There are a handful of obvious reasons why. People line up for Champion x Supreme, they Instagram Raf Simons for Adidas, they participate in fierce eBay bids for the reselling of rare Nikes (at this moment, there are nearly 3,000 results on eBay for Nike items priced over $1,000). An Adidas Superstar sneaker with artwork curated by Pharrell Williams looks cooler than a plain sneaker, and it certainly generates press.

That's just not the case with $14.99 basketball shorts, even if they are the bulk of what an active brand is selling. "Training tops, training shorts, sports bras, black leggings —those do big volume for Champion," Ned Munroe, the company's global chief design officer, tells Racked by phone. But the brand knows it can't sustain itself on essentials. "No one wants a basic pullover hoodie any longer," Munroe says. "It’s gotta feel special." The company has carefully architected specific niches: a collaboration with the menswear designer Todd Snyder sells to a vintage-focused "heritage" customer at a higher price point; a partnership with Urban Outfitters lets Champion reach a younger audience with trendier pieces; work with Supreme reaches the streetwear and sneakerhead audience. "We talk about cool factor," Munroe says of his team's purposeful efforts to define and meet the needs of different sects of customers. "We have to make sure that our brand expands across audiences."

Fans outside an Adidas Originals event in Los Angeles, hosted by Pharrell Williams. Photo: Adidas

Another major contributor to the increase of fashion-focused active product is the rise of "athleisure," the sport-influenced day look that's walked Alexander Wang's runway consistently and influenced the development of subcultures like "health goths." It would be downright silly for an active brand not to jump on this bandwagon. "It's really changed the definition of athletic apparel," Munroe says. Clare Varga, active director for global trend foresights business WGSN, echoes the sentiment, saying, "the lines between fashion and sports are completely blurred. Consumers are demanding transitional sports products that deliver style and function."

While in the early days of athleisure it was okay for a fashion brand to make a jogger pant or an active brand to try a fashion-forward print, the two are best served when they work together. "Fashion brands are keen to move into this lucrative, growing sports sector," explains Varga, "and one of the best ways to do that with credibility is to partner with a sports brand." Jian DeLeon, deputy editor of Complex Style, is quick to note that "it's a two-way street," for fashion and sports brands. "For brands like Adidas and Nike, it gives them a little more fashion cred when they work with the likes of Raf Simons or Rick Owens," he explains. Another perk for fashion designers is "more of a democratic platform for their vision," DeLeon says. "And big athletic brands get a welcome dose of street cred and cultural relevancy." Varga agrees, saying, "For fashion brands, the appeal of partnering with a sports brand [allows them] to inject an edgier, youth-orientated street element to their collections," that they might not have the natural inclination — or right — to on their own.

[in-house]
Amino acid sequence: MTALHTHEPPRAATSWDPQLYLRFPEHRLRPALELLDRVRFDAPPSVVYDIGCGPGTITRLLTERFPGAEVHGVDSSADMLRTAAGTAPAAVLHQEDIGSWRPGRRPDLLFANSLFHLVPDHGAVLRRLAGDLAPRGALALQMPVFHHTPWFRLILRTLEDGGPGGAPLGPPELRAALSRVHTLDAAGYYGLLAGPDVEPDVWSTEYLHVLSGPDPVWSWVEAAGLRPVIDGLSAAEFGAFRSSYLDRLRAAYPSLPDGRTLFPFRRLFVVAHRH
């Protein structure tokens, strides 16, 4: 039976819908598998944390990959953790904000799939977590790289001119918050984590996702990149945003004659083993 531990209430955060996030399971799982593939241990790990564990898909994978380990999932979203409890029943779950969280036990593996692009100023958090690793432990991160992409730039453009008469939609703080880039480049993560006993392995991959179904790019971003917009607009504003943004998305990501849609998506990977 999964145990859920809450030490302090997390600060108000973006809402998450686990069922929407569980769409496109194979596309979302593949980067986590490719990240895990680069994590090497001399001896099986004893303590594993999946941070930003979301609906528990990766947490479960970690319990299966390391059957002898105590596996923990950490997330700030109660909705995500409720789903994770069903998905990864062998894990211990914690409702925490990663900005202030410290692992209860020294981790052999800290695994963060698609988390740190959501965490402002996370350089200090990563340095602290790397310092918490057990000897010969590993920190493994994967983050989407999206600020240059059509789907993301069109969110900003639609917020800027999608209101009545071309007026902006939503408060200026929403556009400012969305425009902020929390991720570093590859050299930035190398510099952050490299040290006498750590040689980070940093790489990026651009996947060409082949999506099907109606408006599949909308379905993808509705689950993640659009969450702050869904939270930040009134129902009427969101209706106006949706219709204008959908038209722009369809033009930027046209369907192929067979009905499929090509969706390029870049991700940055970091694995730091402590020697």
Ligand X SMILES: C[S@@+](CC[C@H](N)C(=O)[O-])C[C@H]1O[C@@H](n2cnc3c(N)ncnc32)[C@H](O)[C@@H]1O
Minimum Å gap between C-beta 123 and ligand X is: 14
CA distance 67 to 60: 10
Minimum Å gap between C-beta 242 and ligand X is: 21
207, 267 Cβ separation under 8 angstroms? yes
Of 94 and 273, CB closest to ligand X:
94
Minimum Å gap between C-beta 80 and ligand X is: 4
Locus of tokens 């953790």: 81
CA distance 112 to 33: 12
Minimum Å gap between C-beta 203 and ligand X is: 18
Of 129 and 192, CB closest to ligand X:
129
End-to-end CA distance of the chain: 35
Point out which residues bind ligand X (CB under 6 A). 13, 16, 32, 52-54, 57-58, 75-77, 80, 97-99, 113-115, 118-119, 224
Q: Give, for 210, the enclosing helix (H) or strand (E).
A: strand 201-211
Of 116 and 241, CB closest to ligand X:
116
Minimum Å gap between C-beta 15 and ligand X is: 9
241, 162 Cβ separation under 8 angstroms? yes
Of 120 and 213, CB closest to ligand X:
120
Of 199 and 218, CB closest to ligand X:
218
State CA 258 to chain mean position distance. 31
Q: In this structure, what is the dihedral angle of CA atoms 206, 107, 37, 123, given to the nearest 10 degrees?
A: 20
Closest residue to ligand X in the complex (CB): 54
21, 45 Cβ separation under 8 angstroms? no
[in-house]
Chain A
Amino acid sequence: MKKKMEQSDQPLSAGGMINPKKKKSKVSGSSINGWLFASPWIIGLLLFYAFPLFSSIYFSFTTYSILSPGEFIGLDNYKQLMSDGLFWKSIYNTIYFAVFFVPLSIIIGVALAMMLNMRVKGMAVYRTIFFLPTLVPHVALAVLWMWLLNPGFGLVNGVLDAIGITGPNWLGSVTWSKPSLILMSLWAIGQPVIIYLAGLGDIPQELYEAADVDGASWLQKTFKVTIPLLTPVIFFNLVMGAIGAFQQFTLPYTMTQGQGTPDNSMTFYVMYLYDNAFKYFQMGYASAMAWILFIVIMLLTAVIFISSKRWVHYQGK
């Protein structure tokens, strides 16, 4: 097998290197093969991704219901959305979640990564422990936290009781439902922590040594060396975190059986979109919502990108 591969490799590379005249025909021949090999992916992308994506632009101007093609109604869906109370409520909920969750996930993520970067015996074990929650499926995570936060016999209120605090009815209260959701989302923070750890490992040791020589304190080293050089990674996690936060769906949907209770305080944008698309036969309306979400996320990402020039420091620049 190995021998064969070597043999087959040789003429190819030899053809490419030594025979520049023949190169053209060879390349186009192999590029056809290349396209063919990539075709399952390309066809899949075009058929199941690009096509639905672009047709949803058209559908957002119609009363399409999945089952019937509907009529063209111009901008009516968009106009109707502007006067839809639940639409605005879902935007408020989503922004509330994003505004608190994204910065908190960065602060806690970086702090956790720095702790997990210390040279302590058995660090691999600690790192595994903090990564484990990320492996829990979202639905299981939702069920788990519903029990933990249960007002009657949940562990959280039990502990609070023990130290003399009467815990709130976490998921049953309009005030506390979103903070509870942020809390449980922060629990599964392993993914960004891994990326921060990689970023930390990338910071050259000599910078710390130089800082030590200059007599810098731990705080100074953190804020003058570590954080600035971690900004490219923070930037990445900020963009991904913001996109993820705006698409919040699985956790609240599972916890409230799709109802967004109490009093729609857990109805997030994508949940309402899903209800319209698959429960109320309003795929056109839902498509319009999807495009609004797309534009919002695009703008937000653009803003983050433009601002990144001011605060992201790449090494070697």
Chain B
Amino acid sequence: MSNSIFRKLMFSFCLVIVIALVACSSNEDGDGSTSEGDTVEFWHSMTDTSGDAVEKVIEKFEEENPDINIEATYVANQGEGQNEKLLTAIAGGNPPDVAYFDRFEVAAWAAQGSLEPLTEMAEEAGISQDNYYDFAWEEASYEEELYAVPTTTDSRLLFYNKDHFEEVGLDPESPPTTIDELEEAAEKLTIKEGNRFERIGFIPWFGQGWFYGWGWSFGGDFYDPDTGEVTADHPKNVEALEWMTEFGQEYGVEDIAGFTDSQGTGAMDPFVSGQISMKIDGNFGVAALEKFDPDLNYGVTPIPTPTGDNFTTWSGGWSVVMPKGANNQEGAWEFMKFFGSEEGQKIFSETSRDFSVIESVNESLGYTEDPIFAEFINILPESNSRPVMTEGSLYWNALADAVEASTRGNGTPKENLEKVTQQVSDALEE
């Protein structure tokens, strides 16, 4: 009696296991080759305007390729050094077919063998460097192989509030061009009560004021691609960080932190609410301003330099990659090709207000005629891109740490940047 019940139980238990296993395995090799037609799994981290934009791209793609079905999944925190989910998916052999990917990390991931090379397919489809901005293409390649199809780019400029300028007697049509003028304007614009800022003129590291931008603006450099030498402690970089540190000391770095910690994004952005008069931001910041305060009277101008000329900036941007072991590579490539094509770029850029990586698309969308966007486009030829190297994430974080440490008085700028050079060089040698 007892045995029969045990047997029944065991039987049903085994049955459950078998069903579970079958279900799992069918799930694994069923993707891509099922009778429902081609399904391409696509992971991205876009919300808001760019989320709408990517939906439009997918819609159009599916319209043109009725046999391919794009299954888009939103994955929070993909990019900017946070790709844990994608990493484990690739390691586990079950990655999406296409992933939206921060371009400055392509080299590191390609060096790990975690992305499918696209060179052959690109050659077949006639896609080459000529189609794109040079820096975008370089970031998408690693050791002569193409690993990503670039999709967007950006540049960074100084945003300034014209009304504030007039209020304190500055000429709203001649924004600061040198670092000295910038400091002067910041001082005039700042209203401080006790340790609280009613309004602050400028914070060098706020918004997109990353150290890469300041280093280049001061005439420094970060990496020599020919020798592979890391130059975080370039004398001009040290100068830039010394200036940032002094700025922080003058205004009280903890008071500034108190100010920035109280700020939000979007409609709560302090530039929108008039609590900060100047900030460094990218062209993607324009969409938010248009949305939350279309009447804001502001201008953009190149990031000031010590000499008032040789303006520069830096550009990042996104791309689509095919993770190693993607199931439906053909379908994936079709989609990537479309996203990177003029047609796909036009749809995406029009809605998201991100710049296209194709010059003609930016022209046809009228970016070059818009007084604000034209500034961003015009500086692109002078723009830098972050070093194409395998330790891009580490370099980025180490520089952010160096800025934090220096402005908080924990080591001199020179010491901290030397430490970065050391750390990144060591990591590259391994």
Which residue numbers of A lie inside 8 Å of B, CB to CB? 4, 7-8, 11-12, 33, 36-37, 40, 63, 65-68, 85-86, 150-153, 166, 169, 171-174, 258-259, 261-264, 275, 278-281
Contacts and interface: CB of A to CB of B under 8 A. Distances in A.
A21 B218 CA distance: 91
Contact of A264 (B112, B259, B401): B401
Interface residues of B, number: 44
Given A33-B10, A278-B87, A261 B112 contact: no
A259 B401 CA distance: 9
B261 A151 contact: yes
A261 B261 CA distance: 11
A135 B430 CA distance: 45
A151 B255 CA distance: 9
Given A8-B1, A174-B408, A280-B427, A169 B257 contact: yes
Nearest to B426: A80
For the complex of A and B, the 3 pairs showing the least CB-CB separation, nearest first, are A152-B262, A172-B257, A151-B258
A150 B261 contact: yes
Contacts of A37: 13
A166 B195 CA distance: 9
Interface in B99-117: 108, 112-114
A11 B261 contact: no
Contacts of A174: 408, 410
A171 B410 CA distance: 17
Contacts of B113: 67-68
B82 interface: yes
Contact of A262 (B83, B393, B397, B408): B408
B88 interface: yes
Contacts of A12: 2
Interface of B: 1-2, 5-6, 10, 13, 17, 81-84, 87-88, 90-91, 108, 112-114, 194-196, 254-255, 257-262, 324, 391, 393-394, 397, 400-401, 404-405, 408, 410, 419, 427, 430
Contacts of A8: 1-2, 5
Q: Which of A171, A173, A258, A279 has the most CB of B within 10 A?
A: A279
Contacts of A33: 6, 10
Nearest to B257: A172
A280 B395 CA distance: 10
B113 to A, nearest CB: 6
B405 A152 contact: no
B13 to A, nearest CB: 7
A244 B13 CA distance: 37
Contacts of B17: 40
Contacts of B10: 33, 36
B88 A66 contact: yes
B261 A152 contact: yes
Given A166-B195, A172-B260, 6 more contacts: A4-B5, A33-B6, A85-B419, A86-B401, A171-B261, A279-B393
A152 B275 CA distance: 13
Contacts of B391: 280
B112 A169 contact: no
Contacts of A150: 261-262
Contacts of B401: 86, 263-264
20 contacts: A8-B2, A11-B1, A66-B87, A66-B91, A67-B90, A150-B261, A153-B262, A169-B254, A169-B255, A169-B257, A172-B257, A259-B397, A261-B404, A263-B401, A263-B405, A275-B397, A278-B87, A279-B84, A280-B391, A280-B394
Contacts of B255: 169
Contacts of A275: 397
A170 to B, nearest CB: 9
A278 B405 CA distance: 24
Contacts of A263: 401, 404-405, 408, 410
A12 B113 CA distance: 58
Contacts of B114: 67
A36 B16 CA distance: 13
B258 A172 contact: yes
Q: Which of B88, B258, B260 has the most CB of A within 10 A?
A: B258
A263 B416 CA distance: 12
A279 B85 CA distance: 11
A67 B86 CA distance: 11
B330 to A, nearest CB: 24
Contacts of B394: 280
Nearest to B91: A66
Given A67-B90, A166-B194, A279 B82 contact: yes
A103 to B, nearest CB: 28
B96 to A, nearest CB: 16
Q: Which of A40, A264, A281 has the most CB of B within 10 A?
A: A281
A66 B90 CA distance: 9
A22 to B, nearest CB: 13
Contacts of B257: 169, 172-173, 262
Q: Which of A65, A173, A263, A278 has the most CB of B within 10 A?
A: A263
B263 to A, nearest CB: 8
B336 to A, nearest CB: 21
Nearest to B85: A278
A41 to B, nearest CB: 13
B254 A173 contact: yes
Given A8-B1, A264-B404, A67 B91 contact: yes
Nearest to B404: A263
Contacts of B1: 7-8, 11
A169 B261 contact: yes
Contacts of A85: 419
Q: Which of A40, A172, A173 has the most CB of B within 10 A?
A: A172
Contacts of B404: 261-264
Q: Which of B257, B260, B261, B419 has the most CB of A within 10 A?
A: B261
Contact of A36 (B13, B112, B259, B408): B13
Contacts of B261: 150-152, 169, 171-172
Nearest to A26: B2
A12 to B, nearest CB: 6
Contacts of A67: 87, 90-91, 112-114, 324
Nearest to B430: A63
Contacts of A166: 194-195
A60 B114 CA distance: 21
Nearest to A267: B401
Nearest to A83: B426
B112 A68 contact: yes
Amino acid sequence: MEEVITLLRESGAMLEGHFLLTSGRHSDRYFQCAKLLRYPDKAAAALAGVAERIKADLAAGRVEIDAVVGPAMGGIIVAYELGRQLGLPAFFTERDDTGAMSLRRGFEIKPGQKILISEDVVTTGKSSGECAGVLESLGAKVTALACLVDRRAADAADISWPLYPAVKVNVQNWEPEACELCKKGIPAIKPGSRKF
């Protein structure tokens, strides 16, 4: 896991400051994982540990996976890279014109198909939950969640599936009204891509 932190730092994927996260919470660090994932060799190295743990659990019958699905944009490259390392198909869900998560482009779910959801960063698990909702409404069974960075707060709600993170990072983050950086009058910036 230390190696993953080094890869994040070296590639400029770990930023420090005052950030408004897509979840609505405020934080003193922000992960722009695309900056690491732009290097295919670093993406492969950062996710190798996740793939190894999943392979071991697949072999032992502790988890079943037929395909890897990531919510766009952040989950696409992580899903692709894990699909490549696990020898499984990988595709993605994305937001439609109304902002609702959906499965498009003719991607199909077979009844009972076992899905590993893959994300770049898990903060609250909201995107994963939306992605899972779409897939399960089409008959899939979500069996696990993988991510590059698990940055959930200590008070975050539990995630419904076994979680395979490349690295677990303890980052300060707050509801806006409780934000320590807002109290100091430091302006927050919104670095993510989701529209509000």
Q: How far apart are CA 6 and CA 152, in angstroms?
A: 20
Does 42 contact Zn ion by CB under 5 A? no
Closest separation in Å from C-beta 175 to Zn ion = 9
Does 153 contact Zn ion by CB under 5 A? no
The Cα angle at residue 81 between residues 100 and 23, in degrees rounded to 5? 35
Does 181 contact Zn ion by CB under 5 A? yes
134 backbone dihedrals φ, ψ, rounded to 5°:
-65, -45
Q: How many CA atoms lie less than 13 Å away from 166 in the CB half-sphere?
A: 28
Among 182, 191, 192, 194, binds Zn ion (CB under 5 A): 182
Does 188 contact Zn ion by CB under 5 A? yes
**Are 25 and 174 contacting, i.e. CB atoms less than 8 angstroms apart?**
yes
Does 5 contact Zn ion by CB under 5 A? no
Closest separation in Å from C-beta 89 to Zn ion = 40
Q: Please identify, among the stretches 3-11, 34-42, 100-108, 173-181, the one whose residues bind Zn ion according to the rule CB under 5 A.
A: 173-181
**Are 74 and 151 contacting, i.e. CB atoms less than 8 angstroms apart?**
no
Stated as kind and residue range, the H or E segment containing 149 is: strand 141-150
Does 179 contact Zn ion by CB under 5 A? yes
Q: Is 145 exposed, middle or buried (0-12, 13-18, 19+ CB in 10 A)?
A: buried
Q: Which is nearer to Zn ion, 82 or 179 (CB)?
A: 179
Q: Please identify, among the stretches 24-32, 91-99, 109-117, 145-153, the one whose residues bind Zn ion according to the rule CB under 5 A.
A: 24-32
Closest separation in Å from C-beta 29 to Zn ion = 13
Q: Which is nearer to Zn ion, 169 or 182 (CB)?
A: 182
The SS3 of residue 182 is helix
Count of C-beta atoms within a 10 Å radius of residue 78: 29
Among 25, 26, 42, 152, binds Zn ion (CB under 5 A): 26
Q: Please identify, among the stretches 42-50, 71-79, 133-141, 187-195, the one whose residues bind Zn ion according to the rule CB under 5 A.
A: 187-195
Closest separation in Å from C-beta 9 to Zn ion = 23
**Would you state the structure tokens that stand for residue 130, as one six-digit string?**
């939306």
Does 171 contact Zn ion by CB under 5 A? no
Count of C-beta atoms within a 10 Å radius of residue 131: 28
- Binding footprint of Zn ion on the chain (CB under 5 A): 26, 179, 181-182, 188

Champion x Supreme (left) versus Champion mainline (right)

"It opens up your mind to see your brand through the creative eyes of others," Aberg says of the perks of collaborating with fashion designers, celebrities, and other creative types. "The goal is always to bring out the new from both sides." Jennifer Lynch, the senior project manager for New Balance's Lifestyle Classics division, has similar takeaways, telling Racked, "special projects allow New Balance to work with brands and retailers who have a specific point of view, resulting in a one-of-a-kind product that generates a lot of momentum. It has the opportunity to excite our existing consumer base while reaching out to new customers." Of working with Supreme, Munroe of Champion adds, "they push us; it makes us a little uncomfortable, but we end up with great, hot product launches that sell through within a day."

Some of this vision, this growth, can wind up impacting the main line, too. "We get to inspire and we get to educate what is coming up [for Lululemon]," Arbuckle says of Lululemon Lab. "If something works really well, they can adopt from us. It might be the fabric, a feature, or an entire piece." It works similarly at New Balance, where Lynch explains, "Special editions have the opportunity to create energy for our inline range." Josh Davis, an editor at Hypebeast, tells Racked, "athletes consider performance above style, so it's the role of a brand's design team to take fashionable shapes, colors, and silhouettes and translate them to something athletes can actually wear. In this sense, collaborations doubly serve as a survey of style." This is something Nike confirmed, writing, "Design has a psychological effect in sport. We often hear from athletes ‘When I feel like I look good, I play better." Nike is at its best when bringing true innovation in a compelling style."